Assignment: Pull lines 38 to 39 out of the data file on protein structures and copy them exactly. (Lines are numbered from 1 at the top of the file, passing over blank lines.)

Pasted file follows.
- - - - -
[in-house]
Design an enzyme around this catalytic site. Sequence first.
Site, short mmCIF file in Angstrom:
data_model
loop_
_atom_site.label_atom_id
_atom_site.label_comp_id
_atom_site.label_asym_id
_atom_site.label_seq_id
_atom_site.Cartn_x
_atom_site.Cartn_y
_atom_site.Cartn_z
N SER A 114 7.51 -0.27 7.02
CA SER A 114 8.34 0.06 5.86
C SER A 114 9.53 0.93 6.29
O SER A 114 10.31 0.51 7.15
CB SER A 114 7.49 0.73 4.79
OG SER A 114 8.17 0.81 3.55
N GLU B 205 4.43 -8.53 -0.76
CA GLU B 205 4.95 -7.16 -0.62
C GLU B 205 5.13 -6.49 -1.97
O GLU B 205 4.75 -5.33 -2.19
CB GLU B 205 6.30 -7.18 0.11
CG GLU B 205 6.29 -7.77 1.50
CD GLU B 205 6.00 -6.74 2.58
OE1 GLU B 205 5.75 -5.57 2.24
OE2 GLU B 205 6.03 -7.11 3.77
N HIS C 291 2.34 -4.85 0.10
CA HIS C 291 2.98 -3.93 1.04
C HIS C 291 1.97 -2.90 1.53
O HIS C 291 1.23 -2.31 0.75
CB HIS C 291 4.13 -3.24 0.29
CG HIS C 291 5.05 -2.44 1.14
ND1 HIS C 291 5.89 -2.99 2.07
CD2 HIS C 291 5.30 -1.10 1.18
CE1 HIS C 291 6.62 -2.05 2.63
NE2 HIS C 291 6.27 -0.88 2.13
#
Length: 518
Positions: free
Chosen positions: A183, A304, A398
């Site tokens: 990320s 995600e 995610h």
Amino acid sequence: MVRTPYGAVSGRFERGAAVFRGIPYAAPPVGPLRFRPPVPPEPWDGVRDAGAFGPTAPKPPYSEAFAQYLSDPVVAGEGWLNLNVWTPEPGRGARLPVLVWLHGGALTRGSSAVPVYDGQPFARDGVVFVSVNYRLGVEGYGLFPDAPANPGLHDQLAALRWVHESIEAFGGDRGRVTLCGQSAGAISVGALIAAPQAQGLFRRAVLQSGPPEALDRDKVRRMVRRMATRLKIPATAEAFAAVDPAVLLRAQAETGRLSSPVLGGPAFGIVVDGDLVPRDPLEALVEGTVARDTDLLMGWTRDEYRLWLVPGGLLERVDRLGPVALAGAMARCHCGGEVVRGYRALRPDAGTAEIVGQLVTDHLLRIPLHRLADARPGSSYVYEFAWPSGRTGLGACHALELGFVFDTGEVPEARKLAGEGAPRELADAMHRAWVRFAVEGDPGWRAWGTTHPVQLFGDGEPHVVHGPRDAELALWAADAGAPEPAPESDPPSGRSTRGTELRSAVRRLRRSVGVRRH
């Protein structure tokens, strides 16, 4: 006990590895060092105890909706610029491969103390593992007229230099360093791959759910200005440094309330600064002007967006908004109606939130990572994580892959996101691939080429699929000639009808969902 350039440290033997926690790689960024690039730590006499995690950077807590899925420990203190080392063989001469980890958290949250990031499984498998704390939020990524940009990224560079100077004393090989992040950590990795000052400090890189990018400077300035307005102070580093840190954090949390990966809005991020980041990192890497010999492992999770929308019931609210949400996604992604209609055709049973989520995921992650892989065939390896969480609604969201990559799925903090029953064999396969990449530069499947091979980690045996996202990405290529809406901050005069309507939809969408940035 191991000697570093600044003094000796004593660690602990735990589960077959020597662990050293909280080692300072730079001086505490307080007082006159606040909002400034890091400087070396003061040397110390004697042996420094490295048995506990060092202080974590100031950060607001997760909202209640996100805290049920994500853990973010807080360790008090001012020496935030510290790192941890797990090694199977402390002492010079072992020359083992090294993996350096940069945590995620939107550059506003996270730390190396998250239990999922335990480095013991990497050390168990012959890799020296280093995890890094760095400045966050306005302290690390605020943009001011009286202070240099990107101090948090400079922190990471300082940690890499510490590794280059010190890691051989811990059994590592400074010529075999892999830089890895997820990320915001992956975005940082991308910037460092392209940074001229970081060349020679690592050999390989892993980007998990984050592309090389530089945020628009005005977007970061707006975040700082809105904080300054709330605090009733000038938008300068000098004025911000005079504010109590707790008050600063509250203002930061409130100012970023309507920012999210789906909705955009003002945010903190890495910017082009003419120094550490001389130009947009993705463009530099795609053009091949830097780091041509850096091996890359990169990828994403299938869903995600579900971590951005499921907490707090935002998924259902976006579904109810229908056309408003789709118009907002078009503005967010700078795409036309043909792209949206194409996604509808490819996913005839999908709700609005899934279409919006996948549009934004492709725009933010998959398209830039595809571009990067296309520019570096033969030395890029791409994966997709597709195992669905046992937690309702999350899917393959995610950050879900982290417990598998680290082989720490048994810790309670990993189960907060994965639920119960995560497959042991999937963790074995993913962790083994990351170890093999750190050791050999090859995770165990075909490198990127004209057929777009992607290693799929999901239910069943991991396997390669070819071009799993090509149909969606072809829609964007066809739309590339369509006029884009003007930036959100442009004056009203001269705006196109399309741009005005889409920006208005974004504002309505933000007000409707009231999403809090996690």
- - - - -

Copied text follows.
#
Length: 518